Key events were the importation of contaminated heparin supplied from a Chinese facility (see sidebar, "Post-Heparin: Baxter Responds") and incidents of melamine in food and pet food products and diethylene glycol in toothpaste from China (1-4). In September 2008, the US Food and Drug Administration issued warning letters and an import alert for products made at two facilities of Ranbaxy Laboratories (Gurgaon, Haryana), one of India's largest pharmaceut ical companies, for deviations in current good manufacturing practices (5). And recent terrorist attacks in Mumbai, India's capital, raised security concerns.
Assessing Asia's roleBut before considering these events, it is important to evaluate the fundamentals of pharmaceutical outsourcing to Asia. "Cost has always been a driver of outsourcing decisions," says Mike Keech, director of PricewaterhouseCoopers' (PwC) advisory services group in the pharmaceutical and life-sciences sector. "But in today's market, cost is no longer the primary driver—it's just an additional evaluation point. You have to balance cost with risk and market opportunity. Companies today, for example, are balancing their outsourcing approach by trying to look at technology and intellectual property protection along with development and manufacturing capacity capabilities."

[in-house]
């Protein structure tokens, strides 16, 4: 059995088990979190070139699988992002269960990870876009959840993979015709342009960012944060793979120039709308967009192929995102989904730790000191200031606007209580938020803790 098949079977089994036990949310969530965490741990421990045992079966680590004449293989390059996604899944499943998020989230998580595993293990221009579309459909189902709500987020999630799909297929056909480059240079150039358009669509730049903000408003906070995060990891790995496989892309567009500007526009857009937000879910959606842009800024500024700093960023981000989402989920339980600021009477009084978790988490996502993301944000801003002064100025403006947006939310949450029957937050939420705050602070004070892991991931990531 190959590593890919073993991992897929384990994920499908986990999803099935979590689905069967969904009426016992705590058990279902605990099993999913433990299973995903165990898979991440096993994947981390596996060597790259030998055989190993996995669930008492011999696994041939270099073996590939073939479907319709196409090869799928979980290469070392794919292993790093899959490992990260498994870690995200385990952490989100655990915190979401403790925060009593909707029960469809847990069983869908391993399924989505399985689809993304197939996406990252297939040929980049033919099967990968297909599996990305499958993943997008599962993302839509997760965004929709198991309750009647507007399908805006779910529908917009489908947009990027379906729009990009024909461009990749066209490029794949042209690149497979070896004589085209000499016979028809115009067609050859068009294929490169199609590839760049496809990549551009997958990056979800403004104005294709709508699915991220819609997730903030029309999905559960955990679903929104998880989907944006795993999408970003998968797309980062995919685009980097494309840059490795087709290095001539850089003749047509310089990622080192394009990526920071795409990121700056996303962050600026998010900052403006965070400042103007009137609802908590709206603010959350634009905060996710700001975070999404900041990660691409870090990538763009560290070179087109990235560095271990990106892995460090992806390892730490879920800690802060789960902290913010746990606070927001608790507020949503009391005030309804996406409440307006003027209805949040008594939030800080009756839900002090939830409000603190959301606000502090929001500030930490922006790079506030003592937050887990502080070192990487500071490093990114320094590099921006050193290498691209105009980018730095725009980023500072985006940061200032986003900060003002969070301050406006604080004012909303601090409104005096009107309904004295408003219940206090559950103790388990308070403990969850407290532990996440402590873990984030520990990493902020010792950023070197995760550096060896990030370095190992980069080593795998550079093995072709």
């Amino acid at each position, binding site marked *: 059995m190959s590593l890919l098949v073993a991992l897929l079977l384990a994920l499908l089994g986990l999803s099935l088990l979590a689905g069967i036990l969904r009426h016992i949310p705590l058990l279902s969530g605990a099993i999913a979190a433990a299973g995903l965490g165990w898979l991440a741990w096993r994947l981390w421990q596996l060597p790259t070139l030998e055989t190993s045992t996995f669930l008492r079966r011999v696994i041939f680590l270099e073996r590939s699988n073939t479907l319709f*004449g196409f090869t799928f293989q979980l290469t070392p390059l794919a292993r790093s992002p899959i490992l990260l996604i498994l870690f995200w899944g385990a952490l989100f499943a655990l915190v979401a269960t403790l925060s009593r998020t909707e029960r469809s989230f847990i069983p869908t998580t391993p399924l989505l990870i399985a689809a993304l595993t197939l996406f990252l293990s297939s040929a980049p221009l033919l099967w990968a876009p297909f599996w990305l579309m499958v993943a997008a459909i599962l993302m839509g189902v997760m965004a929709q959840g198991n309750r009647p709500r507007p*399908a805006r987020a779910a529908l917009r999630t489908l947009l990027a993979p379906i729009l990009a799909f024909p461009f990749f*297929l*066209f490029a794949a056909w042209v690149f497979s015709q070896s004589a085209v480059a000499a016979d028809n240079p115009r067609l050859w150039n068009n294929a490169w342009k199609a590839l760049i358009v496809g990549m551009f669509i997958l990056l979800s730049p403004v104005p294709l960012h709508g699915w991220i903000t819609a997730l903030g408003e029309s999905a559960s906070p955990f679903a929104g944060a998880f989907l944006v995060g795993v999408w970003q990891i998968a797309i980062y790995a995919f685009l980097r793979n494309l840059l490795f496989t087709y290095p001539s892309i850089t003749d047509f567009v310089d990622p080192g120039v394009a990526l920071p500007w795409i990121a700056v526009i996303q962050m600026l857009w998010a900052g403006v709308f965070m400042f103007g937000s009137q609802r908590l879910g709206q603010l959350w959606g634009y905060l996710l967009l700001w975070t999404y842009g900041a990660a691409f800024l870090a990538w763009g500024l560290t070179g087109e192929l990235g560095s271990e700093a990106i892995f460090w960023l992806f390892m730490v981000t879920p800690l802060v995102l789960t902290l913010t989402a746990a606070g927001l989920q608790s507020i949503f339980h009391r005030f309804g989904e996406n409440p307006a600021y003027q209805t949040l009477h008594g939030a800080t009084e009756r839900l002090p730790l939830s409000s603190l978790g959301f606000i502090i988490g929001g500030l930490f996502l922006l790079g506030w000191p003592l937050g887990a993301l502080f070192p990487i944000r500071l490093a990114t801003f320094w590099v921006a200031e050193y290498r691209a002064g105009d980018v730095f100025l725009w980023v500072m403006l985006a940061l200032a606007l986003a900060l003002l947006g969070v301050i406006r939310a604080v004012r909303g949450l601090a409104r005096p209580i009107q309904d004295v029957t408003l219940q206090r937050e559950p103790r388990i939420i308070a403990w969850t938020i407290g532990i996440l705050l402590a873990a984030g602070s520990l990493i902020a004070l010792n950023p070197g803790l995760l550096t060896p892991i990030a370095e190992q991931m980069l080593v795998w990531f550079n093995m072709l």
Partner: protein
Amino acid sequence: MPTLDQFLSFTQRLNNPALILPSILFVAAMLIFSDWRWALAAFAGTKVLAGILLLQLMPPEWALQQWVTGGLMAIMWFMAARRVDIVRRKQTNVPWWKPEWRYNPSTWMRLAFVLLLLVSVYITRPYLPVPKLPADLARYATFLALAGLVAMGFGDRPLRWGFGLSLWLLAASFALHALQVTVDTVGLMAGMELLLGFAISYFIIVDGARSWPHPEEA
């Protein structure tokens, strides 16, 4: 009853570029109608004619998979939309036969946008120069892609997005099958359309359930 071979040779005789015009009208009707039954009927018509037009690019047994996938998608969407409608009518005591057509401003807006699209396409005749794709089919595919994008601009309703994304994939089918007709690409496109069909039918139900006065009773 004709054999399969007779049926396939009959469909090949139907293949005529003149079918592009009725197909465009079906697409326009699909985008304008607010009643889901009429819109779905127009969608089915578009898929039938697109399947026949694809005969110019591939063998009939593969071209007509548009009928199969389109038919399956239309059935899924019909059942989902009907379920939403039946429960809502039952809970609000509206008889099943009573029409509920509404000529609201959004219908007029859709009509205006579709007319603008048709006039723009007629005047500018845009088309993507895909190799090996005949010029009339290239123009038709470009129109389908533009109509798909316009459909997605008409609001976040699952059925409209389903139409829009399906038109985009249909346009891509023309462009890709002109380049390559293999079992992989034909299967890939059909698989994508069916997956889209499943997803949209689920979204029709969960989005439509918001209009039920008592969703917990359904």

Other Asian countries are gaining a foothold as viable pharmaceutical outsourcing contenders. Korea and Taiwan are just a few steps behind China and India, says Keech, and will soon be followed by Indonesia and Malaysia. Much farther down on the list of ideal outsourcing candidates is Thailand, which "looks interesting from a labor perspective and because of their worldclass set of intellectual property laws," says Keech, but whose "interpretation and enforcement are far from ideal."